By Matthew Postins
For once Dallas Cowboys head coach Jason Garrett didn’t have to field questions about Tony Romo or the running game.
No, on Wednesday his press conference was heavy on his team’s porous pass defense, as the Dallas Cowboys are coming off allowing back-to-back 400-yard passing games.
Garrett sounded confident the Cowboys have the right personnel and the right system entering Sunday night’s showdown with Washington.
“Positive things came out of that game (with Denver), but you can’t give up 51 points and 500 (total yards),” Garrett said. “We feel confident in the players and we’re just trying to make sure they’re doing things the right way.”
Right now the Dallas Cowboys’ pass defense doesn’t pass the eye test. Last week Denver’s Peyton Manning threw for 414 yards and 4 touchdowns as the Cowboys lost, 51-48. The week before in San Diego, Chargers quarterback Phillip Rivers torched the Cowboys for 401 yards and 3 touchdowns in a 30-21 Cowboys loss.
Both Garrett and Cowboys defensive coordinator Monte Kiffin attributed part of the numbers to the quality of the two quarterbacks. But the Cover 2 scheme Kiffin has implemented is not working properly.
Cornerback Morris Claiborne told ESPN Radio last week that some of his difficulties in the defense came down to knowing when to hand off receivers to other defenders when in coverage. It could be that’s a wider-reaching problem than just Claiborne.
“Against the pass we have to slow teams down and they’ve had success throwing against us,” Garrett said. “We have to evaluate what we’re doing and shore it up.”
Thanks in part to the last two games, the Dallas Cowboys are ranked No. 28 against the pass, giving up 326.4 yards per game. The Cowboys remain one of the best run defenses in the NFL, ranked No. 4 and giving up 82.8 yards per game.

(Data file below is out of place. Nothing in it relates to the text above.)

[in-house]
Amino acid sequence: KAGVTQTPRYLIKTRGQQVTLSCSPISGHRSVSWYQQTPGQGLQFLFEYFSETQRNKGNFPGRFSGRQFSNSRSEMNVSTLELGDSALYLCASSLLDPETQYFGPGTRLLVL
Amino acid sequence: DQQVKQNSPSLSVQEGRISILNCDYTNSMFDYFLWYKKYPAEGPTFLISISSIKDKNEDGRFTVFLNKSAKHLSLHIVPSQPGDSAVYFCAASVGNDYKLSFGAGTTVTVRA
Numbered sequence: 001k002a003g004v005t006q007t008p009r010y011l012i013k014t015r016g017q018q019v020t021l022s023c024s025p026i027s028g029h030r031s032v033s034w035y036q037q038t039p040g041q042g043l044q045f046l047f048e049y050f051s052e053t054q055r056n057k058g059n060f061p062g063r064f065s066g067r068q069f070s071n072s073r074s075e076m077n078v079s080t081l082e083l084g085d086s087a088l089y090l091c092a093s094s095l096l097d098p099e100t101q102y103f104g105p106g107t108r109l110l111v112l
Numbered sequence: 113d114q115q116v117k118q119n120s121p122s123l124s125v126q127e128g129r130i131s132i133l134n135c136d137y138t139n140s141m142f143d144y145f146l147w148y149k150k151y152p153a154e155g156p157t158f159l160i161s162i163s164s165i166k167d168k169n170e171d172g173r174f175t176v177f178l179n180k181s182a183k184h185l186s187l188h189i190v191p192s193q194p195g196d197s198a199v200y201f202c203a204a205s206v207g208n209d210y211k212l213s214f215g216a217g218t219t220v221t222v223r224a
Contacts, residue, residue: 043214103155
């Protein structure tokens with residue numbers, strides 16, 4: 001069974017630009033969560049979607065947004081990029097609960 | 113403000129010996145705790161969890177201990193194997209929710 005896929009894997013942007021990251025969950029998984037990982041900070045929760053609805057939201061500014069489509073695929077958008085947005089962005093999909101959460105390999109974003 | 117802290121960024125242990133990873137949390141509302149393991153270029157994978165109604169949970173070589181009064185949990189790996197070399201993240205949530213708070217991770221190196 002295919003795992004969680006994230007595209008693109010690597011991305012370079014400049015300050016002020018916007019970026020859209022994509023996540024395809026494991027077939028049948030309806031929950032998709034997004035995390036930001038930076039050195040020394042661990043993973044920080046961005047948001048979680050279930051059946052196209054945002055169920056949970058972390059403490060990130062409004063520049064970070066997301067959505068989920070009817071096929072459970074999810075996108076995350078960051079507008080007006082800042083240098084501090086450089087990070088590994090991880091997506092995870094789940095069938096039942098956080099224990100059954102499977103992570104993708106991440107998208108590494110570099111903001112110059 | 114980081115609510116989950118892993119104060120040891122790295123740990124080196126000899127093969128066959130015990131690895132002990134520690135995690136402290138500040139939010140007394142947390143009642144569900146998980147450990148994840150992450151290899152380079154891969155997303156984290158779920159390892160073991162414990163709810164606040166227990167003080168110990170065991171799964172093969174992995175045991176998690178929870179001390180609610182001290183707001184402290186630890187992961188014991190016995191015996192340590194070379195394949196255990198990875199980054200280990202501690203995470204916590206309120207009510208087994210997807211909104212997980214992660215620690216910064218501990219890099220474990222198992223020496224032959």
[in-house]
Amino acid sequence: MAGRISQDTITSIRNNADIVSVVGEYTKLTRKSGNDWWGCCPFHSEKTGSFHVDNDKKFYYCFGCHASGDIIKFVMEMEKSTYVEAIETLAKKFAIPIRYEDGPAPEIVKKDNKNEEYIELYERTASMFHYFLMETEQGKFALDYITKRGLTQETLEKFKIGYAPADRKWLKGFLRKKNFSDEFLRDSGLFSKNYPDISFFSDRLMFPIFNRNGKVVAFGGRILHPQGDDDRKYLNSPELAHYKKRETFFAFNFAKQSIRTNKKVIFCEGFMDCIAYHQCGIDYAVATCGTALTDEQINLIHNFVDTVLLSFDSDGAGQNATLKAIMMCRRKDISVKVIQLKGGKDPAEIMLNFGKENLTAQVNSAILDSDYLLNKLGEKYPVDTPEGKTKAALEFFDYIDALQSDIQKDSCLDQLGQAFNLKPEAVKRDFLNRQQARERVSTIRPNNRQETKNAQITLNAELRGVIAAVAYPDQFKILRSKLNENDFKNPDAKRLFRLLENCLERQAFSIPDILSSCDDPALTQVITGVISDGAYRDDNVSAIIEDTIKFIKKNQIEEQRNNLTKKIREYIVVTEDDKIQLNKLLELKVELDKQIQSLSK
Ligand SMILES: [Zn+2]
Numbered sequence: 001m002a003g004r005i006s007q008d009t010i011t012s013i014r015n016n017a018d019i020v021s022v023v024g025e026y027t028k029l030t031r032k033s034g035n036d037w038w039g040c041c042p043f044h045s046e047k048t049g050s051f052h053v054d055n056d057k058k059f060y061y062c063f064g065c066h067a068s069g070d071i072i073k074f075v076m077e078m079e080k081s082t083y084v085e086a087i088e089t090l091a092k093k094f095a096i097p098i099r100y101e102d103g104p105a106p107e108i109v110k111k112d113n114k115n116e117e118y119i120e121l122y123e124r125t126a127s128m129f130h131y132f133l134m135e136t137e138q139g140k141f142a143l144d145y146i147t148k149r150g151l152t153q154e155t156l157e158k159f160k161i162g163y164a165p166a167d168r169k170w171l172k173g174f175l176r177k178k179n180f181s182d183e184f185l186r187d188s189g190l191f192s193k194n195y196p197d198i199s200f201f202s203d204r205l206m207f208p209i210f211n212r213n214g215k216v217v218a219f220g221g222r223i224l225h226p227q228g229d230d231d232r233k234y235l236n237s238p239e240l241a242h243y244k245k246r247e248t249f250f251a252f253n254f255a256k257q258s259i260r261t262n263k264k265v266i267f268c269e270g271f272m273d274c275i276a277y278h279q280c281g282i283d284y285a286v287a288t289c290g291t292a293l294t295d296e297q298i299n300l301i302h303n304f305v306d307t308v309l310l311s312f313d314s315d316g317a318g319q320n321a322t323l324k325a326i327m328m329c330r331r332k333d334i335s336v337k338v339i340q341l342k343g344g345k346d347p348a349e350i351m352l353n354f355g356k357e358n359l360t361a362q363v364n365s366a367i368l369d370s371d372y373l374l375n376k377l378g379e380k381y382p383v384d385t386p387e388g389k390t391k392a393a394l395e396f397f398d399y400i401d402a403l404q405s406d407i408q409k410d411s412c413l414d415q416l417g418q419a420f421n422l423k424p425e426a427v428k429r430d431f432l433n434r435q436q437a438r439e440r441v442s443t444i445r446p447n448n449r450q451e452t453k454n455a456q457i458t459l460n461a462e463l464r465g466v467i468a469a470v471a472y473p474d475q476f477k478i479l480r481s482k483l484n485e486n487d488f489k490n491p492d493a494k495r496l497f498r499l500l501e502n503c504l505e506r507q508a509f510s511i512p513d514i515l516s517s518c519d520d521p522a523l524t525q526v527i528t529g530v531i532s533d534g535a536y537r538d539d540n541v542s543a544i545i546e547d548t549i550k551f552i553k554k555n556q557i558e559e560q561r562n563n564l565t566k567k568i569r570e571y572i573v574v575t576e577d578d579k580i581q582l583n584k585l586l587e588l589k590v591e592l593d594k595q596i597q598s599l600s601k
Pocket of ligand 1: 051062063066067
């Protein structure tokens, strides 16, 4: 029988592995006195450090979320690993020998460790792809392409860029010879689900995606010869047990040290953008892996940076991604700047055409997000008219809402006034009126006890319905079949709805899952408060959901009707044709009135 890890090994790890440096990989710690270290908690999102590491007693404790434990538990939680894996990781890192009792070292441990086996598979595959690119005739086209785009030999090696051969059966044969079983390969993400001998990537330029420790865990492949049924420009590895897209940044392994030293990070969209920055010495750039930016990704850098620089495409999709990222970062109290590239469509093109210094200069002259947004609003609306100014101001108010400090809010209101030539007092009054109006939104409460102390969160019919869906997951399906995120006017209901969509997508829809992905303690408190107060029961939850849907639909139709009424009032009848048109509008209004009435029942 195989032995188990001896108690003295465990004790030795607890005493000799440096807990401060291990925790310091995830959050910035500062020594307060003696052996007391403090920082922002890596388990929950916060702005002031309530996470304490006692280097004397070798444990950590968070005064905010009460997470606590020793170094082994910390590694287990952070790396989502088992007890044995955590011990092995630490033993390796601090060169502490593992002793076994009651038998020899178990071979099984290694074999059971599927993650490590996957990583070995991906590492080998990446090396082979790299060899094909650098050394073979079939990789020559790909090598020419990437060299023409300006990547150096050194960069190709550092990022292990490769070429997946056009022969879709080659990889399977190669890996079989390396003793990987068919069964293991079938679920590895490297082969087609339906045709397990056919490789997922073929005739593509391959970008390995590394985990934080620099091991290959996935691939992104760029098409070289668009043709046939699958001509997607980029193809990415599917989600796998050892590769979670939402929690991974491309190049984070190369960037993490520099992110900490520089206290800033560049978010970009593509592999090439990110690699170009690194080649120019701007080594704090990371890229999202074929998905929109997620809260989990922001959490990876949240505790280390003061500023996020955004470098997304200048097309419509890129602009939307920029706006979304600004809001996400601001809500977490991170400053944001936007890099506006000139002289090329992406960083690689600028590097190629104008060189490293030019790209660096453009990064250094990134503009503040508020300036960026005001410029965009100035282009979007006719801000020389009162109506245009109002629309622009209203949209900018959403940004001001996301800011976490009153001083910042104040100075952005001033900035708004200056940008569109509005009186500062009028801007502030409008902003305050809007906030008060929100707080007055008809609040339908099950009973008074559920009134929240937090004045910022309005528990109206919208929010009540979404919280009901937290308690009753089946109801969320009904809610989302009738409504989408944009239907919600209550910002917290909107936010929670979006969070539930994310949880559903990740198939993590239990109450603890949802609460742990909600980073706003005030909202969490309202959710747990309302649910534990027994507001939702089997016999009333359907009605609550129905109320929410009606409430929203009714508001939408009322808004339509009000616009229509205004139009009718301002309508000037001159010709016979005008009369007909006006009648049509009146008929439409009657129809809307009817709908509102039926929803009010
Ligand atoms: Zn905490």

The Cowboys have been getting beat for big plays lately. Rivers threw two of his three touchdown passes deep and he threw for nearly 200 yards going deep. Manning didn’t beat the Cowboys deep with regularity, but he used the middle of the field to get the football to receivers so they could move upfield. Manning threw for 142 yards to the middle of the field.
Veteran safety Will Allen may have paid for that flaw, as Kiffin described Allen’s release on Tuesday as the team “going a different direction.” Allen lost his starting job in Week 3 to J.J. Wilcox. With Allen gone, Danny McCray becomes a primary backup, while rookies Jeff Heath and Jakar Hamilton – the latter of which was called up from the practice squad – are seeking bigger roles.
The Cowboys’ pass rush has also waned the past two weeks after getting off to a fantastic start. The Dallas Cowboys sacked Rivers just one time and was unable to sack Manning. Defensive end DeMarcus Ware was banged up going into the San Diego game and had to get an IV during the Denver game. The other starter, George Selvie, suffered a concussion against San Diego and, while he was able to play against Denver, he was not as effective.
Defensive tackle Jason Hatcher, who is filling in at the under tackle for the injured Jay Ratliff, has been the defensive line’s best overall player. But the razor-thin depth on the front four may be starting to show. Because of that, the front four and the secondary may not be working as well together as Kiffin saw in the first three games.
“We did (get pressure on Manning) early but we did not get pressure late,” Kiffin said. “The ball was out quick and that’s tough to defend. We could have had a few sacks but we broke down somewhere else. Sometimes our coverage was good and our secondary broke down.”
Kiffin hinted that some of his players might be trying to do too much within the scheme. Garrett said the team is considering every option to improve the pass defense, including implementing more dime packages, which means having six defensive backs on the field. Doing so would mean sacrificing either a linebacker or a defensive lineman in the scheme.
Garrett told reporters that any changes the Dallas Cowboys made would not be rash.
“You want to evaluate why things aren’t more successful and then make targeted changes to get better,” Garrett said. “We’ve had discussion about that (the dime) but changes we make to shore up the pass defense need to be changes for the right reasons.”
— Rattle & Hum Sports (@RandHsports) October 12, 2013